Alright, on with the parade! (We’re almost done with this part!)
Next up, we saw the Rat City Roller Girls!
They had some neat roller-tricks!
I honestly don’t remember what this next group was promoting, but I thought they were great! I loved the old Thunderbird they were riding.
I loved the colour in this group, but again, I don’t remember what it was for!
I thought it was pretty neat that the Seattle Metro bus service got in on the parade as well:
Alright, so after everyone else passed, we looked down the street and saw a giant pride flag carried by probably 50 people coming towards us.
It was the end of the parade and so we followed behind it, up the street to the festival. It started to fall in the middle so a bunch of people went under to help support it. I was lucky enough to be one of those people. Everything looked so beautiful under that rainbow flag!
As you can see, we walked the flag down the main path of the festival, over the hordes of people. Everyone was willing to lend a hand!
Well, maybe not this guy, he might have been scared though.
That was the end of the parade! I would have liked to see more of it, like Cupcake Royale and Dikes on Bikes, but I felt lucky that we caught even the end of it.
Alright, remember when I told you to remember the people in the fountain? No? Come on, it was only 850 words ago. Anyways, here is a shot of how many people had showed up while we were watching the parade:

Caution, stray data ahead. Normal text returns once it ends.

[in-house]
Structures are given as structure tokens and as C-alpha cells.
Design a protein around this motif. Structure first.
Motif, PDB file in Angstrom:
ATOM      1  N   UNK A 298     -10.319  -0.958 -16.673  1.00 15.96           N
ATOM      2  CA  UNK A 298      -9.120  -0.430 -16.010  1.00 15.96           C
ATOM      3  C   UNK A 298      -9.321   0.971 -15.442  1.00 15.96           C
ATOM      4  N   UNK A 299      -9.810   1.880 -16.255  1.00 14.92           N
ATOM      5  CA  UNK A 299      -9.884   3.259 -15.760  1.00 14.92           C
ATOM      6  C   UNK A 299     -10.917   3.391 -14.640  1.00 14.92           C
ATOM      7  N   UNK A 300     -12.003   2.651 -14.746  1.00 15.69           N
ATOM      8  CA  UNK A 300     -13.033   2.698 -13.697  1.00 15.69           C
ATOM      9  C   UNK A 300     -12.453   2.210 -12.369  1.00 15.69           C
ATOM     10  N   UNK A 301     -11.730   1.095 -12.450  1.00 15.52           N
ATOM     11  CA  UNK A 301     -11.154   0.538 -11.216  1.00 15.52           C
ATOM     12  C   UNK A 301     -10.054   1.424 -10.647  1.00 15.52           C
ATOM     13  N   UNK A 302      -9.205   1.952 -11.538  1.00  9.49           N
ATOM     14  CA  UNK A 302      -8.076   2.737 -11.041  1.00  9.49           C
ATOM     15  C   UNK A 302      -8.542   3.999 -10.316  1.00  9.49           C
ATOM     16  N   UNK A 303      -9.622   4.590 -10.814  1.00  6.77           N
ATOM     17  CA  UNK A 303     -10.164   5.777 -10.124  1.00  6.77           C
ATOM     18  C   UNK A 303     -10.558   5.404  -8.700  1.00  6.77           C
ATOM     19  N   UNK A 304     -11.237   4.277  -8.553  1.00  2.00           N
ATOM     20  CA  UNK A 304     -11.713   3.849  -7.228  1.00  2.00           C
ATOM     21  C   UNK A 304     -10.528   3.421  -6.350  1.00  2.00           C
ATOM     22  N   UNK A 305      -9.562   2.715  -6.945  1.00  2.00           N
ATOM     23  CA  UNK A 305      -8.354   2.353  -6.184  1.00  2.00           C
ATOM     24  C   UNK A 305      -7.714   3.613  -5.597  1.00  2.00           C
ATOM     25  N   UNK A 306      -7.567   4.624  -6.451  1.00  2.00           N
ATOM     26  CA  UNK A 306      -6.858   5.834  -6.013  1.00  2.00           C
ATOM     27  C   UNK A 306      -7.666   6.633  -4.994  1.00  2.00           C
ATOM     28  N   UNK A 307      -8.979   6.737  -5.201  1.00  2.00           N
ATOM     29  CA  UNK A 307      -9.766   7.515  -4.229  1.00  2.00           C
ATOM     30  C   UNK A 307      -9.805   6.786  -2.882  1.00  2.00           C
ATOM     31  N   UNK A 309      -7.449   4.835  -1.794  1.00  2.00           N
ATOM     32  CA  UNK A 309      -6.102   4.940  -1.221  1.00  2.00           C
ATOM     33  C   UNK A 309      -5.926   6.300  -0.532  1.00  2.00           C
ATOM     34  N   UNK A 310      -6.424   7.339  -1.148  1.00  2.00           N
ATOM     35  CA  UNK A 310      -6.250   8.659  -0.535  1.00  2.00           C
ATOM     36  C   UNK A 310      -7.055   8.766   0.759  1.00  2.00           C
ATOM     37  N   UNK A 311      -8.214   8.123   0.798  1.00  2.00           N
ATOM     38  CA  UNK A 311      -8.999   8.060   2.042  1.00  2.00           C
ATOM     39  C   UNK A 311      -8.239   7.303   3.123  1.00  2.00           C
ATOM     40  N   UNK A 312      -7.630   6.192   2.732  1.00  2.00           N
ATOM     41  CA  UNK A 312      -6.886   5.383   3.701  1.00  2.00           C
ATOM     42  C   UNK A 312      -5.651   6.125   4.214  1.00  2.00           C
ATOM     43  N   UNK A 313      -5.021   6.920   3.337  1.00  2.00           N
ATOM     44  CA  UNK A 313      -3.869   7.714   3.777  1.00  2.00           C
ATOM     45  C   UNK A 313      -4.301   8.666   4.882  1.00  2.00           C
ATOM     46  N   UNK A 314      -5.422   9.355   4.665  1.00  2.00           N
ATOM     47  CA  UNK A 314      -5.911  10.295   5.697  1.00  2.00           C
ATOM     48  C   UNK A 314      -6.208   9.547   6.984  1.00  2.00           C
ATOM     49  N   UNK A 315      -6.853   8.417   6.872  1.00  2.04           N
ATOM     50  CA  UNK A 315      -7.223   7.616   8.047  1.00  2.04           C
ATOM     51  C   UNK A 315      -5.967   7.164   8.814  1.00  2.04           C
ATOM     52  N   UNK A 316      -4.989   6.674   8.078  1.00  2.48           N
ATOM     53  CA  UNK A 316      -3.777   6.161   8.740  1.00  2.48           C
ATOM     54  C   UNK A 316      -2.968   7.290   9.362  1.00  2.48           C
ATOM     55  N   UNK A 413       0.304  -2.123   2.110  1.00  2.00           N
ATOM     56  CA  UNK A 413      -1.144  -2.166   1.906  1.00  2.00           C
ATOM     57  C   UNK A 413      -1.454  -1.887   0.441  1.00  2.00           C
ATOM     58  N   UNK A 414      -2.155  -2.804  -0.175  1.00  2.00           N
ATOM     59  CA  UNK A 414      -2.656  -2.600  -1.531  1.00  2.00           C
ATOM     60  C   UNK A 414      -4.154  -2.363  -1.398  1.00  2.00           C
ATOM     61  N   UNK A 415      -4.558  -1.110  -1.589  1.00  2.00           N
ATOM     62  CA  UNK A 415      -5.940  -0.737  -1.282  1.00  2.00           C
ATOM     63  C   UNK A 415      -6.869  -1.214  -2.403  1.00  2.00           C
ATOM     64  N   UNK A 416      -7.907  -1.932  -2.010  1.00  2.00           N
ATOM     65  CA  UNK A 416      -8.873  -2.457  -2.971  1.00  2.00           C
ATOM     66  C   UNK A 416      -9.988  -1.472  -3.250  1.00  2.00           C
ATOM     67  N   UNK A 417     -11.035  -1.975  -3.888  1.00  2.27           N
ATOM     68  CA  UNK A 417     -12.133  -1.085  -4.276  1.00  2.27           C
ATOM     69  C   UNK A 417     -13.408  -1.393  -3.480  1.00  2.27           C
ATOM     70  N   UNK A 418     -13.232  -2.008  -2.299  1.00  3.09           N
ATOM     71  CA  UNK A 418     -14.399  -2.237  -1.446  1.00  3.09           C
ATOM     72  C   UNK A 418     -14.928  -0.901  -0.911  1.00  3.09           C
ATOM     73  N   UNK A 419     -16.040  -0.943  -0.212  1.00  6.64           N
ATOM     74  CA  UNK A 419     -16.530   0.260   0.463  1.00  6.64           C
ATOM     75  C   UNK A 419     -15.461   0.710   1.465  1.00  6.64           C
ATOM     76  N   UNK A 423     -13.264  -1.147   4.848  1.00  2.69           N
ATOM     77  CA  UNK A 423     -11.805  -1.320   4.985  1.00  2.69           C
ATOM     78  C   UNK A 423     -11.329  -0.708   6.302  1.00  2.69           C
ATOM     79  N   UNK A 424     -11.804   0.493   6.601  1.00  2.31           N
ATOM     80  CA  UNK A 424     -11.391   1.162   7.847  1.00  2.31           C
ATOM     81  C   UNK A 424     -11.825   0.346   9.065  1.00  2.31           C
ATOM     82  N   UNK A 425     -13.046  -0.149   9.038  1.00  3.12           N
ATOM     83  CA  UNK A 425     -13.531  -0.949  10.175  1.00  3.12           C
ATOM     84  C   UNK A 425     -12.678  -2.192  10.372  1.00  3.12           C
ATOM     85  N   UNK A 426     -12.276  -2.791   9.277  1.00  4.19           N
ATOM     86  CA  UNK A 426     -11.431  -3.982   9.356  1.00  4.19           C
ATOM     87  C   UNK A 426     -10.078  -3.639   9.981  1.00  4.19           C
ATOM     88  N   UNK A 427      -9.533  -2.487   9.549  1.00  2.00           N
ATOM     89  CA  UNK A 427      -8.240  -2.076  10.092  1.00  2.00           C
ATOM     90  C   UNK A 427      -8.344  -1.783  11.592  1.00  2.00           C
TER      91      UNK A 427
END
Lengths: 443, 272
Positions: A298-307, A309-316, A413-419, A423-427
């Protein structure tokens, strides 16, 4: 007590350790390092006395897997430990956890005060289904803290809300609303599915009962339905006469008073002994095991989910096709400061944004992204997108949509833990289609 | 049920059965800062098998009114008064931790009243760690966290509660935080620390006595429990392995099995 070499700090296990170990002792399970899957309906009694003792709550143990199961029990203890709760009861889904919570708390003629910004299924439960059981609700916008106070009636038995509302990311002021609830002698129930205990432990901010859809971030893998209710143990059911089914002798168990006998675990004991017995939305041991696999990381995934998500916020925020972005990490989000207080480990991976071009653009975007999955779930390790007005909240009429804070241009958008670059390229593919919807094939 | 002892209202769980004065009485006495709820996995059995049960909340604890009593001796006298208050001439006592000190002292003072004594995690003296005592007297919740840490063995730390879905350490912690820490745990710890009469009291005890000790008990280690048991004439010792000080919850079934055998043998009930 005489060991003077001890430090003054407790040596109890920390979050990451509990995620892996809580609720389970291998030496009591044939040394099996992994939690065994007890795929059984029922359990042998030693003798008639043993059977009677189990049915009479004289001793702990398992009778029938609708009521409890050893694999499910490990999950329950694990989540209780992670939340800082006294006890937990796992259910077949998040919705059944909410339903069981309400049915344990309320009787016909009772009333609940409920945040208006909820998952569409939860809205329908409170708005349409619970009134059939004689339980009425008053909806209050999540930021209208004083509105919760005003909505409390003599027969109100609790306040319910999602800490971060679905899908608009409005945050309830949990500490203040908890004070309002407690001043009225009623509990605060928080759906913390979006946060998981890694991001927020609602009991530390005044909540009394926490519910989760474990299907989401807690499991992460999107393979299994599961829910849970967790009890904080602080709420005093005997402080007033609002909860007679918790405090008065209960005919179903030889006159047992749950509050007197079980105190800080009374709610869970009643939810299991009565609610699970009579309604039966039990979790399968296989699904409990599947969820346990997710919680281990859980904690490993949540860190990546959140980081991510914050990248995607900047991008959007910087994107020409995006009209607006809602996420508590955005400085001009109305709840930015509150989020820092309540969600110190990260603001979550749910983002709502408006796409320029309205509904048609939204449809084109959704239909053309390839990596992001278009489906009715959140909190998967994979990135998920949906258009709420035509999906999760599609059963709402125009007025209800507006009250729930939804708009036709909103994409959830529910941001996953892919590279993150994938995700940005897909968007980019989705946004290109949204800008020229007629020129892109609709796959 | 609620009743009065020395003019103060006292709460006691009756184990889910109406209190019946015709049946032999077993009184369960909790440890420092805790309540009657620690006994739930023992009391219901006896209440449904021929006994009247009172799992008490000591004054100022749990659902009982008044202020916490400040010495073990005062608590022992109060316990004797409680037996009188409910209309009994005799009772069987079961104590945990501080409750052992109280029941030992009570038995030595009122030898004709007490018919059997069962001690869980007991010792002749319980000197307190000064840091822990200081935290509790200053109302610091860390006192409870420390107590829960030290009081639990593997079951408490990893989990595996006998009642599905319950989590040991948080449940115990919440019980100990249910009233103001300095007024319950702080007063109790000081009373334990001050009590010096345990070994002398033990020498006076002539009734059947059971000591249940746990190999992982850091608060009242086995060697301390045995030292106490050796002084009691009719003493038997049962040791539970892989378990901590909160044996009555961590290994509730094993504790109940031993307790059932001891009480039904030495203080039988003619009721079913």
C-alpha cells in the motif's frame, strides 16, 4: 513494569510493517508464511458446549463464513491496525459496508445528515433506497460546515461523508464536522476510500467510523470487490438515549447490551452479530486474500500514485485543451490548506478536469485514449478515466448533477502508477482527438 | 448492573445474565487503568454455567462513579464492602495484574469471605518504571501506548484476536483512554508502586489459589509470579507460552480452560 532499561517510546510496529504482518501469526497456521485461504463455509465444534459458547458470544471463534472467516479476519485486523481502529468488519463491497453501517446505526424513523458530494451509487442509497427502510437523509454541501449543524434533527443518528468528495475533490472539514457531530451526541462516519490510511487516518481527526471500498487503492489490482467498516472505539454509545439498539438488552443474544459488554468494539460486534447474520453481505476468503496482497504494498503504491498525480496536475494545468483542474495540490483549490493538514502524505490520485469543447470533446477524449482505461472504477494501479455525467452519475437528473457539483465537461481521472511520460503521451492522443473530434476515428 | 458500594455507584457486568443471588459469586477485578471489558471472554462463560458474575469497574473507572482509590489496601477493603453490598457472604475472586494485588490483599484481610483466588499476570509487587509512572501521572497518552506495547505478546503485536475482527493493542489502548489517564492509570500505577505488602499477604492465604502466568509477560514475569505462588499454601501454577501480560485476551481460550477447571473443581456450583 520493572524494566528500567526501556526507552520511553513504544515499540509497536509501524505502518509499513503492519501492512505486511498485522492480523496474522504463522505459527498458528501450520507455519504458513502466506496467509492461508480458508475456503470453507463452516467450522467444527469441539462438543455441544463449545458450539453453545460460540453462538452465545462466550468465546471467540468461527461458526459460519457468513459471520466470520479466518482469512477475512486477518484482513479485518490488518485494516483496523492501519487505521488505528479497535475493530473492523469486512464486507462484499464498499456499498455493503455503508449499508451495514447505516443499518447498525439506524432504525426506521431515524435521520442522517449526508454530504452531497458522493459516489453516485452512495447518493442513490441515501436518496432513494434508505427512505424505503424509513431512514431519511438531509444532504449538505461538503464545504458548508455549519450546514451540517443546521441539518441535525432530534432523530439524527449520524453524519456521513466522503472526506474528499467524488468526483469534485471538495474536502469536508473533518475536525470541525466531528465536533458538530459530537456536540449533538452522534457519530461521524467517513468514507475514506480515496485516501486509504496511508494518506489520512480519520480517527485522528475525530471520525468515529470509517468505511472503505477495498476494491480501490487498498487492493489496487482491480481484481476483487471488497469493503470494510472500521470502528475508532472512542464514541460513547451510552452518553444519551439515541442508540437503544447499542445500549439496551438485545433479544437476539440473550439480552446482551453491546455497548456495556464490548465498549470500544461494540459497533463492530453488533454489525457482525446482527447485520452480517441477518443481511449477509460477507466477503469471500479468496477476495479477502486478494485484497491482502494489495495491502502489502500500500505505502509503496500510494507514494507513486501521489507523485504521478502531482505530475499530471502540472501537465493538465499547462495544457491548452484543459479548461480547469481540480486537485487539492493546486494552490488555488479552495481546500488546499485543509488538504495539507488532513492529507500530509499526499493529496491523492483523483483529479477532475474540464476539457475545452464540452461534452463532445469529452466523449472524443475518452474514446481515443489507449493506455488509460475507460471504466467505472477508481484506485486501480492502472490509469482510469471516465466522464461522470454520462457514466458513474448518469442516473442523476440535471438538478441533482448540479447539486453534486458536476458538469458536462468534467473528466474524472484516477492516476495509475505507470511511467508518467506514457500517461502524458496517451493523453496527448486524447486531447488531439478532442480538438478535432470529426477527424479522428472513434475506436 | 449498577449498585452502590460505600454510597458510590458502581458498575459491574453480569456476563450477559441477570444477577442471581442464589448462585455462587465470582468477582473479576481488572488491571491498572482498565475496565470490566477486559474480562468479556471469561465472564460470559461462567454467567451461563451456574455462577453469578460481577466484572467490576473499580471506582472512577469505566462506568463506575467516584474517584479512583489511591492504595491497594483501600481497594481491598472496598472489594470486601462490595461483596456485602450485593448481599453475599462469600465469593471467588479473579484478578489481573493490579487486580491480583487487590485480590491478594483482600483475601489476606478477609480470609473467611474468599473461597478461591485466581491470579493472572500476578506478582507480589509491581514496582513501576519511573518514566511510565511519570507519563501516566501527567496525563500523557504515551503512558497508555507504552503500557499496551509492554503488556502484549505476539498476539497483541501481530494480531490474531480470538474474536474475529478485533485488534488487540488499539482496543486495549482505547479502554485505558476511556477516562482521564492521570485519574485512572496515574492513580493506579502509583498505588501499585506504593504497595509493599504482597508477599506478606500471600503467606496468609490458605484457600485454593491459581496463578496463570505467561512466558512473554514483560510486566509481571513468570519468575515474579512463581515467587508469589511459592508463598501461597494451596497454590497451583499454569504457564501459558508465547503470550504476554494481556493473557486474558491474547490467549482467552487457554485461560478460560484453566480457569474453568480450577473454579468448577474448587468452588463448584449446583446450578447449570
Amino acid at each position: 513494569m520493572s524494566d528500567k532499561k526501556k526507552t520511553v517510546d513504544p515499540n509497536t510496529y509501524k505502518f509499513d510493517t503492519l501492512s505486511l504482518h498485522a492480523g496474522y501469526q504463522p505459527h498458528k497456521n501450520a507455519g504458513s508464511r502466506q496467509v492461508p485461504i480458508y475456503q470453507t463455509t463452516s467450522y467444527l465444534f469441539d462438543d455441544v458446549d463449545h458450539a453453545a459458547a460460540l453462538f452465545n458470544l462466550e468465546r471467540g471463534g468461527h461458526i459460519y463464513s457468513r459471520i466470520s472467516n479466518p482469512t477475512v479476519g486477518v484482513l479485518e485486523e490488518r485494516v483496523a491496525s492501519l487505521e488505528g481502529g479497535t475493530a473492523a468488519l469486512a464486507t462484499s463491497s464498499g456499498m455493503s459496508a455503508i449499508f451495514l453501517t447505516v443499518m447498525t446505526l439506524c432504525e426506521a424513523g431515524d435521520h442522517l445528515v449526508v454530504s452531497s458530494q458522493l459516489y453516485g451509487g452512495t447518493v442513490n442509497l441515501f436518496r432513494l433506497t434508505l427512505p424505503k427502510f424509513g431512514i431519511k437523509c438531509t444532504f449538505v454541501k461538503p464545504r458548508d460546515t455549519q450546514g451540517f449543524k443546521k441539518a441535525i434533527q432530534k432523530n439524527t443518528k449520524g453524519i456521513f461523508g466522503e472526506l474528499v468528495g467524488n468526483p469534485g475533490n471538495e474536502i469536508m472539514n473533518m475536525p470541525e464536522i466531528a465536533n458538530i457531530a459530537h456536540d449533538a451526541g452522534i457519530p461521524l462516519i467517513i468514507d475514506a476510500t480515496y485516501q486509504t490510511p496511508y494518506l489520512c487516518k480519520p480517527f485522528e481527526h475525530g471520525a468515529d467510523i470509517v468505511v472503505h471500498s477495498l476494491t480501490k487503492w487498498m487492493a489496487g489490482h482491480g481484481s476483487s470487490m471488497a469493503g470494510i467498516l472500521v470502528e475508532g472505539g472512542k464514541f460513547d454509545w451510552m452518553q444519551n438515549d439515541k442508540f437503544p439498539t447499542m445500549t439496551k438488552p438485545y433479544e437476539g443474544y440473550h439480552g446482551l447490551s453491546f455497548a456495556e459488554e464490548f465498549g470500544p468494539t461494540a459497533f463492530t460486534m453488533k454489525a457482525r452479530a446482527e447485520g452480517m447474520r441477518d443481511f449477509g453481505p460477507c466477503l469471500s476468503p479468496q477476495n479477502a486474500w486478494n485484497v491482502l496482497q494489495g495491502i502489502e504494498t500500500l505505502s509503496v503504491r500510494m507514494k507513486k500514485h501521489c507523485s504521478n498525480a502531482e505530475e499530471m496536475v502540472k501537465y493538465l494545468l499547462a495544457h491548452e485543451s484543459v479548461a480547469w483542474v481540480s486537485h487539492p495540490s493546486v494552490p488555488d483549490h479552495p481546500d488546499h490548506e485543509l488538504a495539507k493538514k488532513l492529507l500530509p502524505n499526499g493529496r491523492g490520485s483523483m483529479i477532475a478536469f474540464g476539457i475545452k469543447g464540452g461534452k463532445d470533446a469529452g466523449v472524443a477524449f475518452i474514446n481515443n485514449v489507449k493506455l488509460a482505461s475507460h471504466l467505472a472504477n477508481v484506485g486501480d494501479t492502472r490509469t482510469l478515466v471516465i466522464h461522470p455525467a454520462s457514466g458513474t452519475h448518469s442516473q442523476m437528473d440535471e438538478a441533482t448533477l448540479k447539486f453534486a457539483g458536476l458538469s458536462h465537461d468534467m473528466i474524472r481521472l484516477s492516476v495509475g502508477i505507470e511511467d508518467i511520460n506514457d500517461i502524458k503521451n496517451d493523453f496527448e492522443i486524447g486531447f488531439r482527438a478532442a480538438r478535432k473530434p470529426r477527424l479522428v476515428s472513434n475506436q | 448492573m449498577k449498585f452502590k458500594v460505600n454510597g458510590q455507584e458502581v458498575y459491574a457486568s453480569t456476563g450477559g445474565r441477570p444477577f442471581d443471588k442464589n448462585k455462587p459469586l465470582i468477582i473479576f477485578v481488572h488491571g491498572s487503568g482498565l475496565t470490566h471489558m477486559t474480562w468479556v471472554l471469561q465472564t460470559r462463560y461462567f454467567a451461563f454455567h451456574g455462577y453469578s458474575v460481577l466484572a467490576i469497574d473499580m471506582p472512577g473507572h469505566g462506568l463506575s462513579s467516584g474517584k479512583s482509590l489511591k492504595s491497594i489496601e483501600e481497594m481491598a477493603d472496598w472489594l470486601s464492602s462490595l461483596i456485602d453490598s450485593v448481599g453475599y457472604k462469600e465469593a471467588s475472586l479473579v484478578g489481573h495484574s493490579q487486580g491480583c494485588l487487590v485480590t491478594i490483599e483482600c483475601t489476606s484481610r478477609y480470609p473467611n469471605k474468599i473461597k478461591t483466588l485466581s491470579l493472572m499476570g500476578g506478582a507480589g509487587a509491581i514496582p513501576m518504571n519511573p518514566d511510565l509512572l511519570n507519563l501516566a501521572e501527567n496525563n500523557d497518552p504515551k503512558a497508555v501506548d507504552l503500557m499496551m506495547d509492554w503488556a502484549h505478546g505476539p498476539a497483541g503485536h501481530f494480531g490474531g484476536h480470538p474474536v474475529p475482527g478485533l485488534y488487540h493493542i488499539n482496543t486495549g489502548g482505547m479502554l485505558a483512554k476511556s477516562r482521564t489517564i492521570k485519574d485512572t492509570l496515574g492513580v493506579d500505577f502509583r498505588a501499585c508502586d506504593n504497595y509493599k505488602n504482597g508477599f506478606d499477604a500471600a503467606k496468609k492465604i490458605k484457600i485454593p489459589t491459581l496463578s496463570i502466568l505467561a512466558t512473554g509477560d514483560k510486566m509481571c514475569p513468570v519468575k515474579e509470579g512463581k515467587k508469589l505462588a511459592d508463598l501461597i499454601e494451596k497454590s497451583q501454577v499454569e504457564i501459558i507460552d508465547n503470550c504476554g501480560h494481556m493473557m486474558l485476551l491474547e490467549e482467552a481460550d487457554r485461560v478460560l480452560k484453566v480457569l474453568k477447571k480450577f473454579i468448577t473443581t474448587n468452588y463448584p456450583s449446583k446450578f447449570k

Big difference, huh? Also, keep in mind that probably an eighth of those people are naked and at least one half are almost there. It was pretty crazy, but awesome!
I loved these guys’ outfits:
I want to hang out with them every day.
Honestly, going in, I had NO idea what to expect. This festival has immensely exceeded my wildest expectations. By the end, I was flying that rainbow flag myself.
Alright. So this is the part of the post where I’m going to get all preachy, so skip down if you don’t want to hear it.
I think the LGBT rights movement is bullshit. I think the Civil Rights movement for the black people of America was bullshit. I think the Women’s rights movement was bullshit. Don’t get me wrong. The organizations and people who support these movements are wonderful and work very hard. My point is that their immense effort shouldn’t be necessary. We are all just people. Equality shouldn’t have to be fought for. We are already equal. If you strip away all of the gender, orientation, skin colour, we are all just humans. We have hearts, bowels, fingernails, toes and noses. I will never understand what would make someone honestly believe that they are superior to anyone else based on these feeble excuses for reasons.
In the words of Tim Minchin (whom I met and hugged this weekend, hehe):
“I will judge you for no reason, but your deeds”.
And in the words of the Beatles:
“Love is all you need”
Thank you for reading. I leave you with this last photo: